Aside from the TEDx talk he gave, YouTube video channel he created and motivational speeches to his peers, Keven Stonewall is still just a third-year University of Wisconsin student in a lab coat who follows his passion.

Stonewall’s journey into science started during his freshman year of high school, when a friend’s uncle passed away from cancer. After this tragedy, he started thinking about getting serious with his long-lasting passion for science and research.

“That experience kind of sparked the fire, because I thought I had a responsibility, that there’s something I need to do, and I had to step up,” Stonewall said.

As a high school student, Stonewall started writing proposals to different research laboratories with the hope of getting experience before college. When he joined Rush University Medical Center as an intern at the age of 17, he met someone who inspired him greatly.

Carl Ruby, Stonewall’s mentor at Rush University, gave him guidance not only on research, but also on a personal level. He and Stonewall had similar backgrounds as both of them became involved with cancer research at a young age. More importantly, Ruby was the role model who could tell Stonewall to have faith in himself even in difficult times.

“He really gave me the confidence and put the energy in me that I could do anything,” Stonewall said. “He would also bring a positive vibe to the lab. Having his support was really great and meaningful.”

In high school, Stonewall’s research focused on a potential vaccine for colon cancer, which yielded fruitful results. Now, in addition to colon cancer, he is tackling another cancer called neuroblastoma, the most common cancer in infancy, Stonewall said. His ultimate goal, however, is to improve vaccines to cure more kinds of cancer.

Stonewall said he had doubts about embarking on a cancer research path. He said his biggest challenge was jumping directly from high school biology class to university research labs.

“I had an idea of what I wanted to do, but when I started to learn about the real science of it, it was kind of discouraging and I didn’t think I could do it,” Stonewall said.

The medical jargon was hard to follow, and Stonewall said he wasn’t sure he could succeed at the collegiate level. But these obstacles didn’t get him down, because Stonewall believed in the power of passion.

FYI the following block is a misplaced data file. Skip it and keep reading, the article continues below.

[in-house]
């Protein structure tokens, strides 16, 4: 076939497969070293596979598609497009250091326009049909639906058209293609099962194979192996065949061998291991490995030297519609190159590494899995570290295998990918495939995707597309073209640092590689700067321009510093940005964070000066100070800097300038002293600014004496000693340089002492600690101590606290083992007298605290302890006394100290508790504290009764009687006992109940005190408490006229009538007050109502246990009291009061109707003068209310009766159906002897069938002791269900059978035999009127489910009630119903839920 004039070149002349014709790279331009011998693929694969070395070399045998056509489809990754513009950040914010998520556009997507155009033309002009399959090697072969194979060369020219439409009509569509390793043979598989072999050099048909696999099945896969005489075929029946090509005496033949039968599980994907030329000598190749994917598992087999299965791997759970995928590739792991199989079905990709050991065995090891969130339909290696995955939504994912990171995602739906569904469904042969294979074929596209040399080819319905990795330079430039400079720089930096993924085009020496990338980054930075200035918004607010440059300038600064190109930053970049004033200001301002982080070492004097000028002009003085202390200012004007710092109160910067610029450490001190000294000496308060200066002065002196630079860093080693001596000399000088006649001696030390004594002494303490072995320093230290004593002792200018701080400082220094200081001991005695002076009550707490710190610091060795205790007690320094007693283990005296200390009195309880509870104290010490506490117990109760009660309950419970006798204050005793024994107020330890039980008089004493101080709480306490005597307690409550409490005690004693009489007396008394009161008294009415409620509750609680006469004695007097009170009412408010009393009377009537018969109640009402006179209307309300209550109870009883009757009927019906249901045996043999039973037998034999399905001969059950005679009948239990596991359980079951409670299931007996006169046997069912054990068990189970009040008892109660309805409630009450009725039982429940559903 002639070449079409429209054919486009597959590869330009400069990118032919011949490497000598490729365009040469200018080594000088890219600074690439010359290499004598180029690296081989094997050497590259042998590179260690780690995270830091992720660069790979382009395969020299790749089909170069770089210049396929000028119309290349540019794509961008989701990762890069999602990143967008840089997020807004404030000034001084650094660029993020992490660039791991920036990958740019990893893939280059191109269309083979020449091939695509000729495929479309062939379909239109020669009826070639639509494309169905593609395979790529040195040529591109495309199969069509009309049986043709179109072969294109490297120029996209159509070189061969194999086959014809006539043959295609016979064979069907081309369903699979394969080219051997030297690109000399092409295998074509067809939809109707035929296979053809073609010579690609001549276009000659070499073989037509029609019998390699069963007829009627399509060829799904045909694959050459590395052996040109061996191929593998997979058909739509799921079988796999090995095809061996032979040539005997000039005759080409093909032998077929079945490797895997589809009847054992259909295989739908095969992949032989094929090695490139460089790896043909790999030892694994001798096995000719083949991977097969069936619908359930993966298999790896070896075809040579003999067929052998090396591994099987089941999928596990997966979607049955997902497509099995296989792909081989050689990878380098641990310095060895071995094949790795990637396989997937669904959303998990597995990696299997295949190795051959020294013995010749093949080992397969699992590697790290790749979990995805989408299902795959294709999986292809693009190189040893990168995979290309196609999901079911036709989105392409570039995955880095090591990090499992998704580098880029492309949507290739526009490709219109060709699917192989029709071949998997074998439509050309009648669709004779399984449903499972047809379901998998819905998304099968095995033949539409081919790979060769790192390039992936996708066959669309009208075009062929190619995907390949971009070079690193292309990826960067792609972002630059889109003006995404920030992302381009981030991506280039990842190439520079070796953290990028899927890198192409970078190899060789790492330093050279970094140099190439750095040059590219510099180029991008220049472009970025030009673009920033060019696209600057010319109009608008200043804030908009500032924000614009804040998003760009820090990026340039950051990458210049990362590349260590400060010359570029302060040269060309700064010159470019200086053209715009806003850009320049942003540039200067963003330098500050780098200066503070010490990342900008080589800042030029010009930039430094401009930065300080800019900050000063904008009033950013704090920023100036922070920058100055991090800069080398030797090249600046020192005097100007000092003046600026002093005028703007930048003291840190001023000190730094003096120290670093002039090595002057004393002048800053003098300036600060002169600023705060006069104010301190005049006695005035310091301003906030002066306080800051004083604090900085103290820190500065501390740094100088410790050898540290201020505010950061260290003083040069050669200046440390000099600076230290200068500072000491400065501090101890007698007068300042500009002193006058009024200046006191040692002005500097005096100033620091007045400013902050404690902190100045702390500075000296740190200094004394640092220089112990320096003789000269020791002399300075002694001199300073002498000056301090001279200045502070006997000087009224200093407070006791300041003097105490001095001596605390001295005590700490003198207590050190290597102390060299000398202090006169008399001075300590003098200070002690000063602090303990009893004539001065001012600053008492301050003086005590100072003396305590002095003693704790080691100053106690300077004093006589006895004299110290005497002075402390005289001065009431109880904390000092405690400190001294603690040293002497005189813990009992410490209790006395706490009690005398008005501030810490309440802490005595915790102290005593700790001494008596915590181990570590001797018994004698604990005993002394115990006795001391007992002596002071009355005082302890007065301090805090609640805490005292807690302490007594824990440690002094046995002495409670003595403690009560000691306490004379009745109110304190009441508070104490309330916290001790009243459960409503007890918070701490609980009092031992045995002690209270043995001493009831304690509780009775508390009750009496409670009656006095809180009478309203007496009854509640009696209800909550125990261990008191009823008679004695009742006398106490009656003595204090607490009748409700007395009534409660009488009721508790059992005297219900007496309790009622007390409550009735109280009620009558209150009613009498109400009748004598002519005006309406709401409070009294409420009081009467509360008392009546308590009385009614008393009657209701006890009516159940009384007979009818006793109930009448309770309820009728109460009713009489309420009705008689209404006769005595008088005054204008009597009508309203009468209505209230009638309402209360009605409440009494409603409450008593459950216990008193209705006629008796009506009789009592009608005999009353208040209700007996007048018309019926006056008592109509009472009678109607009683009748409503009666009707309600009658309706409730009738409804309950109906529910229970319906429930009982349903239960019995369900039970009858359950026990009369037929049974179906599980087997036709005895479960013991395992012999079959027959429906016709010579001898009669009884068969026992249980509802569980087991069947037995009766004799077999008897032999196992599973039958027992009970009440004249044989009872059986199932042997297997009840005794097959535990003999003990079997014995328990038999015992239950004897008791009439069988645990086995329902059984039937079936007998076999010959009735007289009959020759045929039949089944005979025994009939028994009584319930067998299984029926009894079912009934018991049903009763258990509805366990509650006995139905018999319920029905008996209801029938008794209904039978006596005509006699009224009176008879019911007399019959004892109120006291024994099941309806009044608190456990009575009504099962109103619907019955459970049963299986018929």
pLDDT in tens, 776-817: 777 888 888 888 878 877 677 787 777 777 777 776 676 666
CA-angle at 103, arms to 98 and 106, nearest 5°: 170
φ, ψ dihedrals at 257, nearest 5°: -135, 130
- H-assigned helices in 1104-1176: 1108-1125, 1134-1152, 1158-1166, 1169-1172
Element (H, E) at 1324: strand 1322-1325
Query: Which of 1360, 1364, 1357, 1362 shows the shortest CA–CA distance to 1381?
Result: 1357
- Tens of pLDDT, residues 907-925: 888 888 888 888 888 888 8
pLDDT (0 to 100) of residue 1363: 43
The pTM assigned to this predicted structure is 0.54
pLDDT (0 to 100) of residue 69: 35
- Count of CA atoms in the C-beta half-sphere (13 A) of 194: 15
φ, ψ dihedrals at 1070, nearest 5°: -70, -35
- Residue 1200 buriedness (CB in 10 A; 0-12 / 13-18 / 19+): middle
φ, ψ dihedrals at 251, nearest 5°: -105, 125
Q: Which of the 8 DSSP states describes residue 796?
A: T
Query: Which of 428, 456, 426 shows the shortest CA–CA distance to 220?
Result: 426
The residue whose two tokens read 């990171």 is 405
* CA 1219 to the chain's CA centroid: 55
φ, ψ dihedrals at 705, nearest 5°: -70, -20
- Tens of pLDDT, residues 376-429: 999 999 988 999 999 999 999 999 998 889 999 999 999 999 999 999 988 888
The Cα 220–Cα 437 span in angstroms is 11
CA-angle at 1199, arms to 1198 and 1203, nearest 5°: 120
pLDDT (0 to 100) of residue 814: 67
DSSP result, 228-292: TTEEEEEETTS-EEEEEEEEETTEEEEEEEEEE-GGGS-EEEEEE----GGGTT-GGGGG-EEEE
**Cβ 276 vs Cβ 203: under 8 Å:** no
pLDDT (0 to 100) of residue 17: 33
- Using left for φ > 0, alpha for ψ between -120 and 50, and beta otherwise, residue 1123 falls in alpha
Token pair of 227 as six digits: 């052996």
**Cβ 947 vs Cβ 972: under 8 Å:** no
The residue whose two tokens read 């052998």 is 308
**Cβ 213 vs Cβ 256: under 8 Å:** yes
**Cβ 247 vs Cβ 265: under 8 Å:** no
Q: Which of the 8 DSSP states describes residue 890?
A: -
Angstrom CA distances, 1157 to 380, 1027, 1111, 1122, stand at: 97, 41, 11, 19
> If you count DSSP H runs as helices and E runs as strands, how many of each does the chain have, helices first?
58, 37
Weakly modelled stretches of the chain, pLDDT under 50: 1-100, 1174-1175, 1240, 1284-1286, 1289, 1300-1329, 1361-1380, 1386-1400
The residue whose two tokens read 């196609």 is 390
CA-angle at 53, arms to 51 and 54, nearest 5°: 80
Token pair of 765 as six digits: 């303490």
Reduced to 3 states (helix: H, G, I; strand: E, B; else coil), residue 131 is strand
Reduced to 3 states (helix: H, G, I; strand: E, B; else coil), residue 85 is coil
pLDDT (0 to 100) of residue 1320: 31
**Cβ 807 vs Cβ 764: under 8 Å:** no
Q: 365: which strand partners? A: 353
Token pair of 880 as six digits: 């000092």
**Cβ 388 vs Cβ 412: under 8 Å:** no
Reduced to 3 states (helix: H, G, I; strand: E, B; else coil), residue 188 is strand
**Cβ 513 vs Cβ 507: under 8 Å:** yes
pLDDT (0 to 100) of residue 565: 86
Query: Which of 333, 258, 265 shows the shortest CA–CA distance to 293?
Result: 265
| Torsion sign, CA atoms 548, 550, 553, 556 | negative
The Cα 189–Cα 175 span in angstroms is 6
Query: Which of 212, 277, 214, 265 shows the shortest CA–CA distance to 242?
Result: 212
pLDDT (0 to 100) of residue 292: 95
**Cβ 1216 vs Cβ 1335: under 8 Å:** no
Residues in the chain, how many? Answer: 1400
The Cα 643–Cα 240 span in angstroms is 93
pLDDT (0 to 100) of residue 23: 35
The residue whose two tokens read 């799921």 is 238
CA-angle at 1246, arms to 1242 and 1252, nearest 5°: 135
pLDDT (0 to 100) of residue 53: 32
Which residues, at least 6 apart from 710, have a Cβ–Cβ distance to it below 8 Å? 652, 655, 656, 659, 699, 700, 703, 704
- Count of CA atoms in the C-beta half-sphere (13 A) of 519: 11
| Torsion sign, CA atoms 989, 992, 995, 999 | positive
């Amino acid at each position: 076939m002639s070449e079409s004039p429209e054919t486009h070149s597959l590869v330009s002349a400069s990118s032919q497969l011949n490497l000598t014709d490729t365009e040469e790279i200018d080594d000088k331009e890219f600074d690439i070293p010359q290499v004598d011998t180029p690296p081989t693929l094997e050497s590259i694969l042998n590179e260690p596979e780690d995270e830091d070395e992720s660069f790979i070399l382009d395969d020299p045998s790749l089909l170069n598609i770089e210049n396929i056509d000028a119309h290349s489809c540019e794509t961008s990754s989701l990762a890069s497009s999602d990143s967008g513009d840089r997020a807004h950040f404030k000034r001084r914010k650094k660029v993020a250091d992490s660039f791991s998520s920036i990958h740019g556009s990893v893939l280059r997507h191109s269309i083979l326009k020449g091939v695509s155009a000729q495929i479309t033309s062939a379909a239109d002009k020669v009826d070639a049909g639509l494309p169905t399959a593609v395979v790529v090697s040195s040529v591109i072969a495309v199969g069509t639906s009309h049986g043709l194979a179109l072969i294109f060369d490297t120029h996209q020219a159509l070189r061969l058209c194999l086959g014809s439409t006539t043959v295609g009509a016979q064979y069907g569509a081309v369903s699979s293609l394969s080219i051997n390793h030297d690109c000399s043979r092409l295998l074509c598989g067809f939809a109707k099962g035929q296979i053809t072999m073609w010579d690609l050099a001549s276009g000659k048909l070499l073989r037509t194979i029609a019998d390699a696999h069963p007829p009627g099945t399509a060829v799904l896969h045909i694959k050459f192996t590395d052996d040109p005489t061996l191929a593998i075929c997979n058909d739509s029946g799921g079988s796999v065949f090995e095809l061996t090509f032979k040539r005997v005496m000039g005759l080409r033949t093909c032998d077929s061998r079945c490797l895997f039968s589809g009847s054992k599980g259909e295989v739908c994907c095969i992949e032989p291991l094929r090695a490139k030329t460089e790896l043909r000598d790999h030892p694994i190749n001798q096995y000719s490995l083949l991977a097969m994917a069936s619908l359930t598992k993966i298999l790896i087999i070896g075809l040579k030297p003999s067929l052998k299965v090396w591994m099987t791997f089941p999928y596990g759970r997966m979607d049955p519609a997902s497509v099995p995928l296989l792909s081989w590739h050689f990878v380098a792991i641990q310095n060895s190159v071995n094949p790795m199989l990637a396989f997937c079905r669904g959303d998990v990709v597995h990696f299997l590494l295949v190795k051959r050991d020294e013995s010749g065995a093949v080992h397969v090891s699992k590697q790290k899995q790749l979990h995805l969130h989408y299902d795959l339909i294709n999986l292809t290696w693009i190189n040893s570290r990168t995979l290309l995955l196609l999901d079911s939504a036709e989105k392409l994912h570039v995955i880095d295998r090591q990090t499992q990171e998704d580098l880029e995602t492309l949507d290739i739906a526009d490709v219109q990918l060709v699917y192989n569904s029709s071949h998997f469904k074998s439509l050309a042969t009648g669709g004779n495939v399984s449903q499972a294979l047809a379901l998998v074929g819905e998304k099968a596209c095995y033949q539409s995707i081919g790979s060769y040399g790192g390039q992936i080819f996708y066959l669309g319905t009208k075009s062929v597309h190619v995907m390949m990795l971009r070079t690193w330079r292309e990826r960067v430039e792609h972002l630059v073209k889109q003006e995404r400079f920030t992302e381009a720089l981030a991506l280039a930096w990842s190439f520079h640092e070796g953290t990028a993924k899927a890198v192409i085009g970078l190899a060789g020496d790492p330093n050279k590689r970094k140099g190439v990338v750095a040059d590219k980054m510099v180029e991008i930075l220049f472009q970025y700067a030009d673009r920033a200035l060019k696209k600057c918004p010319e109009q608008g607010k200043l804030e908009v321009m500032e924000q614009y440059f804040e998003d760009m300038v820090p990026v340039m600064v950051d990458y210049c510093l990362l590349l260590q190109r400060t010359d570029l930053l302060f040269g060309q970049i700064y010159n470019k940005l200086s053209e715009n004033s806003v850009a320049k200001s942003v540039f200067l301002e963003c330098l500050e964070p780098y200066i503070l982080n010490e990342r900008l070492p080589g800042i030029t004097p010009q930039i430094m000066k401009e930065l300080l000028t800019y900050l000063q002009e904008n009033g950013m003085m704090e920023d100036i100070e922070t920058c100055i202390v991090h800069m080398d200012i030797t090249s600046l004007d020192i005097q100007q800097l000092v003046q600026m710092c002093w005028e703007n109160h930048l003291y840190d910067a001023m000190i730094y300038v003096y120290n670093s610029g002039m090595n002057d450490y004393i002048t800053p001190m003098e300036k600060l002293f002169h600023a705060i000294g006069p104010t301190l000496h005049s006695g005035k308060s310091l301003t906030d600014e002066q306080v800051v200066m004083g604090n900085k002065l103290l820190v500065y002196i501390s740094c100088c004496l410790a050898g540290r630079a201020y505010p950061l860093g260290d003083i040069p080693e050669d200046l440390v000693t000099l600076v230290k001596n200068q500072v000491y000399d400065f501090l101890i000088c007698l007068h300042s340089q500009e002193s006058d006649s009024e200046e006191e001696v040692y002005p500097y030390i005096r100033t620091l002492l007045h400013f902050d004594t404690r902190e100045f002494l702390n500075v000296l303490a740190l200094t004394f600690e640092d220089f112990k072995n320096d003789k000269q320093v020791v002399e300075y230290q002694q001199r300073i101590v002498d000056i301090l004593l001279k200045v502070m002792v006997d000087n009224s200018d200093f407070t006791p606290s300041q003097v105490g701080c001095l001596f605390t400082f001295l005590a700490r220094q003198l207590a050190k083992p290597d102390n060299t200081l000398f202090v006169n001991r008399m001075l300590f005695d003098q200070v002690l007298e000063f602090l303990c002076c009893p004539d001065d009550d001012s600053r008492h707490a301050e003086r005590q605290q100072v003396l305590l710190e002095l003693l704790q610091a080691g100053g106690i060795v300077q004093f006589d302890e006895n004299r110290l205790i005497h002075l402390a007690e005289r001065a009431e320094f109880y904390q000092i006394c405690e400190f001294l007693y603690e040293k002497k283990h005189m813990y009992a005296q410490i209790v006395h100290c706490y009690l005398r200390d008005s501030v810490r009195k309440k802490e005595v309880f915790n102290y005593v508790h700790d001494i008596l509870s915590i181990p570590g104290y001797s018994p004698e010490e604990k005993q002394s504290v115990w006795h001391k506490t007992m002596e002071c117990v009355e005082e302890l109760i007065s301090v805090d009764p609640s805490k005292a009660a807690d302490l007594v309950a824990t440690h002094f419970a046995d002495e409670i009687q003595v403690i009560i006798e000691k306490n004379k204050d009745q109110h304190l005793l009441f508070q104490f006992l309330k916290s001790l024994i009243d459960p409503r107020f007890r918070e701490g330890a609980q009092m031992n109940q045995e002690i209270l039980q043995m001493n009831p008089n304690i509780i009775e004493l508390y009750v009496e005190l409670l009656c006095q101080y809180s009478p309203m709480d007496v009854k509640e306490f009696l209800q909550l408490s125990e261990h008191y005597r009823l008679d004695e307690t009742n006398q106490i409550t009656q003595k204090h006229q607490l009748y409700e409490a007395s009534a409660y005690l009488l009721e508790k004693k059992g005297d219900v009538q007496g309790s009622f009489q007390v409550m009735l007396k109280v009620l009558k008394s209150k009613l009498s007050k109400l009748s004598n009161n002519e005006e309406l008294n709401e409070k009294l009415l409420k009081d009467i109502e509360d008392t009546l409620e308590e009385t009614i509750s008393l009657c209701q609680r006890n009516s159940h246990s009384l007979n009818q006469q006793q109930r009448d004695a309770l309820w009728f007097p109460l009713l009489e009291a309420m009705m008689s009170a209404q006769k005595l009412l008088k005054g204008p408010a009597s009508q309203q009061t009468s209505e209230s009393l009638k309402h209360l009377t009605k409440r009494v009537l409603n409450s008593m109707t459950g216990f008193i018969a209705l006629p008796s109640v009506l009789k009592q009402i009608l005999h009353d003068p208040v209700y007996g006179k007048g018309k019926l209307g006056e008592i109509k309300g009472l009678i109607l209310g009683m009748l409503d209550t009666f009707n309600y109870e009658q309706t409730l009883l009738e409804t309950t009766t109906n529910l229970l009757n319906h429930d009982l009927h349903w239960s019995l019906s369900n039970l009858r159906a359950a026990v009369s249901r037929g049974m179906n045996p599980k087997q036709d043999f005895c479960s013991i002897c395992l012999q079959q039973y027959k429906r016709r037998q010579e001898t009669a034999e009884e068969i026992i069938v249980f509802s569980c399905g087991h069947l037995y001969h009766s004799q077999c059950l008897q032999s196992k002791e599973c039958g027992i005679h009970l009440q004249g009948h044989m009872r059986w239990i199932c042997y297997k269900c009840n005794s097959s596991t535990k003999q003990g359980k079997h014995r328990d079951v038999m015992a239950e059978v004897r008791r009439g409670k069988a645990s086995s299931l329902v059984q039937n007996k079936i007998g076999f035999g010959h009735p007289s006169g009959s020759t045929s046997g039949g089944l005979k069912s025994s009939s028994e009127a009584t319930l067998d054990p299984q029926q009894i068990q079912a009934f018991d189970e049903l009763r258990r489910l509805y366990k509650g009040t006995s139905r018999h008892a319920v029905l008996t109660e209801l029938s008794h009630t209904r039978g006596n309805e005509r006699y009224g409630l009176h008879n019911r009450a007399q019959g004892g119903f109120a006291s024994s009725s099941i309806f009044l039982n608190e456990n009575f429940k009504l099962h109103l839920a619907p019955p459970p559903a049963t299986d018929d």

Stonewall said everyone is the author of their own book of life, and every page is a story worth writing about. The difficult times in life are only materials for those stories, he said.

“You’re in face of an obstacle, are you going to let that put you down, or are you going to overcome the obstacle and let that be a great climax of your story?” he said. “When you’re facing a problem, there’s another opportunity for you to make your life great, because you’ve got the climax.”

Finding one’s passion requires a lot of self-reflection, Stonewall said. On his way to finding his passion for science, Stonewall said he learned more about himself and his potential.

He said it’s important to stay true to what he really likes because in his eyes, “passion is love and love is passion,” and that’s a message he wants to transcend to the next generation.

Stonewall gave a TED talk at UW where he introduced his journey in fighting colon cancer. After that, many people from his hometown in Chicago told him that he became a person they look up to, which was extremely meaningful to him.

“I’m not only representing myself — I’m representing my family, my people back home in Chicago, the students here… this is something bigger than myself and this is a blessing,” Stonewall said.“I really love it because it gives me the opportunity to reflect on what I’ve done so far, and it pushed me so much to realize that everything [I do] is for a reason.”